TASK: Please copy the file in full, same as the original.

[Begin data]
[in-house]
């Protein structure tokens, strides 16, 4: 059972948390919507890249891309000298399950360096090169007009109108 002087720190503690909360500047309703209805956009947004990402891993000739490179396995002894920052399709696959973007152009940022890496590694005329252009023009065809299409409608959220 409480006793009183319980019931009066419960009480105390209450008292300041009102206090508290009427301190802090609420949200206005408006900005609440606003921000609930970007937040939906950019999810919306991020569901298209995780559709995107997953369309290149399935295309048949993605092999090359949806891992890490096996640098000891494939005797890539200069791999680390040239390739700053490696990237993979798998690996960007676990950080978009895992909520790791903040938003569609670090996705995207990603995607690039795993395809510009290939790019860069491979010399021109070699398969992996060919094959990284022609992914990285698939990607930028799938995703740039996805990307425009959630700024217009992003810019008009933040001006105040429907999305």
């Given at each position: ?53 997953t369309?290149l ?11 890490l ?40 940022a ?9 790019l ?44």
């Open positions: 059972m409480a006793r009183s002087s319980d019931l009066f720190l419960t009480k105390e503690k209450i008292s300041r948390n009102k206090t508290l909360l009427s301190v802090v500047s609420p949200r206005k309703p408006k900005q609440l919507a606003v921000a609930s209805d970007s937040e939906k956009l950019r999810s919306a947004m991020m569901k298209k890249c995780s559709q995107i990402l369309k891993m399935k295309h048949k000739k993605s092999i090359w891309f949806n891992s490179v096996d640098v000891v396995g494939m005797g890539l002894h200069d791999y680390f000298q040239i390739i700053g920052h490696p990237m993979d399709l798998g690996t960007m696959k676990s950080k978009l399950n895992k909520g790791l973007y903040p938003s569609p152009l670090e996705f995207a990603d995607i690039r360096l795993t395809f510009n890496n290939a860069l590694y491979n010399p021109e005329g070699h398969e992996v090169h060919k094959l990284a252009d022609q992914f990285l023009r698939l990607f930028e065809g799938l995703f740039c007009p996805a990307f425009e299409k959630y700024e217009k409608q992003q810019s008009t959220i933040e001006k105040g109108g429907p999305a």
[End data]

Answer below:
[in-house]
């Protein structure tokens, strides 16, 4: 059972948390919507890249891309000298399950360096090169007009109108 002087720190503690909360500047309703209805956009947004990402891993000739490179396995002894920052399709696959973007152009940022890496590694005329252009023009065809299409409608959220 409480006793009183319980019931009066419960009480105390209450008292300041009102206090508290009427301190802090609420949200206005408006900005609440606003921000609930970007937040939906950019999810919306991020569901298209995780559709995107997953369309290149399935295309048949993605092999090359949806891992890490096996640098000891494939005797890539200069791999680390040239390739700053490696990237993979798998690996960007676990950080978009895992909520790791903040938003569609670090996705995207990603995607690039795993395809510009290939790019860069491979010399021109070699398969992996060919094959990284022609992914990285698939990607930028799938995703740039996805990307425009959630700024217009992003810019008009933040001006105040429907999305």
């Given at each position: ?53 997953t369309?290149l ?11 890490l ?40 940022a ?9 790019l ?44």
């Open positions: 059972m409480a006793r009183s002087s319980d019931l009066f720190l419960t009480k105390e503690k209450i008292s300041r948390n009102k206090t508290l909360l009427s301190v802090v500047s609420p949200r206005k309703p408006k900005q609440l919507a606003v921000a609930s209805d970007s937040e939906k956009l950019r999810s919306a947004m991020m569901k298209k890249c995780s559709q995107i990402l369309k891993m399935k295309h048949k000739k993605s092999i090359w891309f949806n891992s490179v096996d640098v000891v396995g494939m005797g890539l002894h200069d791999y680390f000298q040239i390739i700053g920052h490696p990237m993979d399709l798998g690996t960007m696959k676990s950080k978009l399950n895992k909520g790791l973007y903040p938003s569609p152009l670090e996705f995207a990603d995607i690039r360096l795993t395809f510009n890496n290939a860069l590694y491979n010399p021109e005329g070699h398969e992996v090169h060919k094959l990284a252009d022609q992914f990285l023009r698939l990607f930028e065809g799938l995703f740039c007009p996805a990307f425009e299409k959630y700024e217009k409608q992003q810019s008009t959220i933040e001006k105040g109108g429907p999305a």